And double connections in the guest room/office closet where we plan to house a couple peripherals:

Loft:

Creative kid’s room is getting a jack, but as of now we don’t ever have a plan to make it live.  I don’t believe children should have privacy when it comes to the internet, so whenever he wants to use a computer it will be the one at the homeschool room jack (which I just realized I failed to take a picture of) or a tablet used via wifi while he’s downstairs.  But for resale value alone or if the room ever gets changed around, we added a connection.

One of two multi connection outlets in the great room.  We cannot fully complete it because the electricians have to finish out the coax cable before we can plug it into the back of this outlet and then push all the cabling into the wall and add the switch plate cover. Both the TV connection above the fireplace and the wall to the right of the fireplace have these jacks with their own ethernet cables and HDMI cables run in between the two connections so we can hide all of our game systems/DVR/etc in future built ins to the right of the fireplace but have them connected through the wall to the TV.  I did not want to have cables strewn across the stone fireplace.  The jack behind the TV will not have COAX as any signal coming from a COAX will go through a DVR or cable box anyway and not be directly plugged into the TV.  We currently can’t get cable at our house, but we do use an antenna with a COAX connector going into a stand alone DVR currently and will be attempted to have the same set up there.  If we can’t get good enough signal for routine streaming we will have to resort to DSL.

Creative Kid even got a little lesson on how it’s done:

So that was what we did today.  I went around making notes of things we need to have touched up or other things we noticed for our talk with our field manager next week and in general tried to keep CK out of Richard’s way when he was doing this delicate, detailed work.  We are taking tomorrow ‘off’ from doing house stuff but will be going back out there on Monday to do a few tiny things and drop off some supplies for the electricians and leave them a few notes.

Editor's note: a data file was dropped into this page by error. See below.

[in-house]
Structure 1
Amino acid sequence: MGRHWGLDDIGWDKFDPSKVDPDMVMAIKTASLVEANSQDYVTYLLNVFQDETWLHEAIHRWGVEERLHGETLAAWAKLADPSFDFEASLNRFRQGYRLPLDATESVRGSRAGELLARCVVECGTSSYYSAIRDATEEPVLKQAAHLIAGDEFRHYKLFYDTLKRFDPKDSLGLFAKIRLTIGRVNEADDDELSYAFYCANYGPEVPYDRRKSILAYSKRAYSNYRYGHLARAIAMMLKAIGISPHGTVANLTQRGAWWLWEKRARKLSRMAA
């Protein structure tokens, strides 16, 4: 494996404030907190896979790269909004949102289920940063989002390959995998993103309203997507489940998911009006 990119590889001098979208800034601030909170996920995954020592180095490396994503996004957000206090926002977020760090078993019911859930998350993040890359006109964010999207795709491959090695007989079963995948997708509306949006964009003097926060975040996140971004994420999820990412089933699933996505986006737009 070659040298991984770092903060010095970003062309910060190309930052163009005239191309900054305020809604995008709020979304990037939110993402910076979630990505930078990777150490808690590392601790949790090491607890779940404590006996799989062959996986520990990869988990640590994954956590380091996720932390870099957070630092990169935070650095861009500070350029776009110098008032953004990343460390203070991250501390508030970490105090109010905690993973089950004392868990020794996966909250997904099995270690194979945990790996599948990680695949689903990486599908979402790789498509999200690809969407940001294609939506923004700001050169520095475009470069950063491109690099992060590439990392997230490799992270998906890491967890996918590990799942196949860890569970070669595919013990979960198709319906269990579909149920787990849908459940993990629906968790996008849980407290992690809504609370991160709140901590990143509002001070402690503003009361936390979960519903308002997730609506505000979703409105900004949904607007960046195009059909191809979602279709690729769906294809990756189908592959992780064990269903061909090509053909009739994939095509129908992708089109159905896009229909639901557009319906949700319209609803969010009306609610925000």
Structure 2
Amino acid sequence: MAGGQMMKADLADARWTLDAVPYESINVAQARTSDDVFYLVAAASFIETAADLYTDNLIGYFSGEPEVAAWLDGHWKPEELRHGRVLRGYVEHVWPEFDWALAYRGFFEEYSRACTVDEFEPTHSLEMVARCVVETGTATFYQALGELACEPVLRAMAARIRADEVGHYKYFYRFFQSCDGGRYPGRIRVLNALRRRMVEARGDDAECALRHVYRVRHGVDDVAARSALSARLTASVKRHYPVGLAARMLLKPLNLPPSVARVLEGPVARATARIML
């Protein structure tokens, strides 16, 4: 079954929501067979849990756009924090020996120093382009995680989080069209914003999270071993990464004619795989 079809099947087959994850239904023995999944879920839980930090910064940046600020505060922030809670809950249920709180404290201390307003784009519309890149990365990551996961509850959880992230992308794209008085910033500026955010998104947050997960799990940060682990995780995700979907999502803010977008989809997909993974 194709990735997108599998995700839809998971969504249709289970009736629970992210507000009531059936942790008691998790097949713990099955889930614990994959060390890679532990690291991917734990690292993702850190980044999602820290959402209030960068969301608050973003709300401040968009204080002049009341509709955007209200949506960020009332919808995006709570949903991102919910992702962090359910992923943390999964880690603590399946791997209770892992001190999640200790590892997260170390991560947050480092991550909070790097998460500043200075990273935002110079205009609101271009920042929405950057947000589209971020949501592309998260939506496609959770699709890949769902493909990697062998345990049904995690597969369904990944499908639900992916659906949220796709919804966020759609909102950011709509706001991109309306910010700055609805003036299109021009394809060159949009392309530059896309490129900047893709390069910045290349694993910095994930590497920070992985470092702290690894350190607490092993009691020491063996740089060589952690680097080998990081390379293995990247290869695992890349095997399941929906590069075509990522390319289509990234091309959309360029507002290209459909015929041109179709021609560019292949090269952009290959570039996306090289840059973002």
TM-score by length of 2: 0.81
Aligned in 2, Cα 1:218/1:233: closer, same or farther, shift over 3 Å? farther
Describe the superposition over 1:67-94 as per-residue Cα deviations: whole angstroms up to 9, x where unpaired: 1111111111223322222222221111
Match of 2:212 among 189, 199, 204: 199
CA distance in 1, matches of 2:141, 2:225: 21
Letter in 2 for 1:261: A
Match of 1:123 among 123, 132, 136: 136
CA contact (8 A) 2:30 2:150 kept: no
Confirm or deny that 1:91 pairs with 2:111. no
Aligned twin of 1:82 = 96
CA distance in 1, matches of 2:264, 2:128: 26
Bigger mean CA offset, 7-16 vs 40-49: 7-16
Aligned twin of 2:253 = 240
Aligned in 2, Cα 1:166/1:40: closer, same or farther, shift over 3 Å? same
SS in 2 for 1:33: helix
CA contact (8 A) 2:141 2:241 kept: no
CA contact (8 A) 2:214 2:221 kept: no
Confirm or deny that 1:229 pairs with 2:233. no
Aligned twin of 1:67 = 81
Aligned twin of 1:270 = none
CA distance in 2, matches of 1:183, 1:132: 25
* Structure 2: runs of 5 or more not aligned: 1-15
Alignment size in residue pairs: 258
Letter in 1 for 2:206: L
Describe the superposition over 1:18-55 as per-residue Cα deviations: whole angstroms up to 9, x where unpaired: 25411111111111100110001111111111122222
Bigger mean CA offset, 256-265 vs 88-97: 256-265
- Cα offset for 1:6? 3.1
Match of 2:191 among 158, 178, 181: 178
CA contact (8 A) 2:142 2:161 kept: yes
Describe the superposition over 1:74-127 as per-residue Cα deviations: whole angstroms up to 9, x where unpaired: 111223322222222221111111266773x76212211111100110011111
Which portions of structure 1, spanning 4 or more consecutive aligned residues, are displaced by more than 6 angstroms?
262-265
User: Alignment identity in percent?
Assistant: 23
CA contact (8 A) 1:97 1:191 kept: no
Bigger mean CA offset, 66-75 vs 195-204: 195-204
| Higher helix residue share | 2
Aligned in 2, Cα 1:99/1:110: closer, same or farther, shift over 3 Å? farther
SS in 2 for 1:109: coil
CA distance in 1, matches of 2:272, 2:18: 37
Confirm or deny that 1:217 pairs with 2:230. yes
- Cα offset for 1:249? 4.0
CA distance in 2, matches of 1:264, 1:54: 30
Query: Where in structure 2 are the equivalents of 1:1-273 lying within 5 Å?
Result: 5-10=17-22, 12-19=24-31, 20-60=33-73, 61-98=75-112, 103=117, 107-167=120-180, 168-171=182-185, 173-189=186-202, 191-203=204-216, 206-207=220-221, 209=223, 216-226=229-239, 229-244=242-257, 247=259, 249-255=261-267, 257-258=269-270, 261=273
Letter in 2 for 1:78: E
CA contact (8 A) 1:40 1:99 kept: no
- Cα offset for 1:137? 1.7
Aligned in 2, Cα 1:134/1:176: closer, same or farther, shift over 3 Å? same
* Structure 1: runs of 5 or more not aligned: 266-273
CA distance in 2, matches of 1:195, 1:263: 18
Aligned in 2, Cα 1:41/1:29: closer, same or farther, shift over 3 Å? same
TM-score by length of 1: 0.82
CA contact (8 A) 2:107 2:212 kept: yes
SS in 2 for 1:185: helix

One of which is about a Ethernet wire that was supposed to be put in one of our island cabinets by the ‘rough electric’ electricians but was not put in.  There was a note written on the beam below the cabinet in the basement saying to check with us about where we wanted it located in the cabinet but no one ever did.  Thankfully we caught it.  The finish electricians said they could add it where it’s supposed to be, but it hasn’t been done yet and it was our understanding from our FM before he went on vacation that countertops were supposed to be done on Tuesday.  So we want the electricians to do that installation first because an outlet box will not be able to be run to that area of the cabinet (it’s closed off from the rest of the cabinet) after the countertops go in.  I’m praying it all works out timing wise and that the electricians see my note in time!

Thanks for reading!